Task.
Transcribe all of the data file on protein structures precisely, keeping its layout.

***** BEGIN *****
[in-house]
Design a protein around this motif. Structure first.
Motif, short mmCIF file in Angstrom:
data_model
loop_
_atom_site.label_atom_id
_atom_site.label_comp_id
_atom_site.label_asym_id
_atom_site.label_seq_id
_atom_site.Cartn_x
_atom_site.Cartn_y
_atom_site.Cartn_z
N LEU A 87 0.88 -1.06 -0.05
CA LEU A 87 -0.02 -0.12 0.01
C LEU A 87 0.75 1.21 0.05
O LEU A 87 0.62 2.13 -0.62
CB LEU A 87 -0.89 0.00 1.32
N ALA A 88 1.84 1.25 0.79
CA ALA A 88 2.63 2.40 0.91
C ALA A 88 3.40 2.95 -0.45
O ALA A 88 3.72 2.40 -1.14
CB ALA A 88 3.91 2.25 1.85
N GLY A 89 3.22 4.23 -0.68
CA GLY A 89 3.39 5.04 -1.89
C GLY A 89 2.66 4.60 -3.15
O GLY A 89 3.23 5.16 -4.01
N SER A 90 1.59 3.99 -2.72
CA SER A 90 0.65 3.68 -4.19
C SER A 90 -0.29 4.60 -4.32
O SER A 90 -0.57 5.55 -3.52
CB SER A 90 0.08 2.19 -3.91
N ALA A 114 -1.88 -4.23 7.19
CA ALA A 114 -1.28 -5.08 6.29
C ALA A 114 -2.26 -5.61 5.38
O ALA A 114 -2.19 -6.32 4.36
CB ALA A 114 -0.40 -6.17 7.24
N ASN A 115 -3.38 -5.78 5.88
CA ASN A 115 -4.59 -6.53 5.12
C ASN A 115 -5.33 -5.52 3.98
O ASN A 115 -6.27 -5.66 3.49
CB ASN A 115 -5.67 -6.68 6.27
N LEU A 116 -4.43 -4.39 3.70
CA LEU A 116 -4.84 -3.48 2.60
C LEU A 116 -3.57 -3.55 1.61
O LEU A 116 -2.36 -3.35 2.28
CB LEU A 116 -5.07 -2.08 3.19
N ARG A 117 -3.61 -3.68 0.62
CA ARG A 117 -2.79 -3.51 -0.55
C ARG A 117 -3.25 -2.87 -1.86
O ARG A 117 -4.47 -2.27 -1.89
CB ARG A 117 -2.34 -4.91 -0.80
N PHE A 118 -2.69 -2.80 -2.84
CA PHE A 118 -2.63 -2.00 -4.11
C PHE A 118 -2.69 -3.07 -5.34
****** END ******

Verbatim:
[in-house]
Design a protein around this motif. Structure first.
Motif, short mmCIF file in Angstrom:
data_model
loop_
_atom_site.label_atom_id
_atom_site.label_comp_id
_atom_site.label_asym_id
_atom_site.label_seq_id
_atom_site.Cartn_x
_atom_site.Cartn_y
_atom_site.Cartn_z
N LEU A 87 0.88 -1.06 -0.05
CA LEU A 87 -0.02 -0.12 0.01
C LEU A 87 0.75 1.21 0.05
O LEU A 87 0.62 2.13 -0.62
CB LEU A 87 -0.89 0.00 1.32
N ALA A 88 1.84 1.25 0.79
CA ALA A 88 2.63 2.40 0.91
C ALA A 88 3.40 2.95 -0.45
O ALA A 88 3.72 2.40 -1.14
CB ALA A 88 3.91 2.25 1.85
N GLY A 89 3.22 4.23 -0.68
CA GLY A 89 3.39 5.04 -1.89
C GLY A 89 2.66 4.60 -3.15
O GLY A 89 3.23 5.16 -4.01
N SER A 90 1.59 3.99 -2.72
CA SER A 90 0.65 3.68 -4.19
C SER A 90 -0.29 4.60 -4.32
O SER A 90 -0.57 5.55 -3.52
CB SER A 90 0.08 2.19 -3.91
N ALA A 114 -1.88 -4.23 7.19
CA ALA A 114 -1.28 -5.08 6.29
C ALA A 114 -2.26 -5.61 5.38
O ALA A 114 -2.19 -6.32 4.36
CB ALA A 114 -0.40 -6.17 7.24
N ASN A 115 -3.38 -5.78 5.88
CA ASN A 115 -4.59 -6.53 5.12
C ASN A 115 -5.33 -5.52 3.98
O ASN A 115 -6.27 -5.66 3.49
CB ASN A 115 -5.67 -6.68 6.27
N LEU A 116 -4.43 -4.39 3.70
CA LEU A 116 -4.84 -3.48 2.60
C LEU A 116 -3.57 -3.55 1.61
O LEU A 116 -2.36 -3.35 2.28
CB LEU A 116 -5.07 -2.08 3.19
N ARG A 117 -3.61 -3.68 0.62
CA ARG A 117 -2.79 -3.51 -0.55
C ARG A 117 -3.25 -2.87 -1.86
O ARG A 117 -4.47 -2.27 -1.89
CB ARG A 117 -2.34 -4.91 -0.80
N PHE A 118 -2.69 -2.80 -2.84
CA PHE A 118 -2.63 -2.00 -4.11
C PHE A 118 -2.69 -3.07 -5.34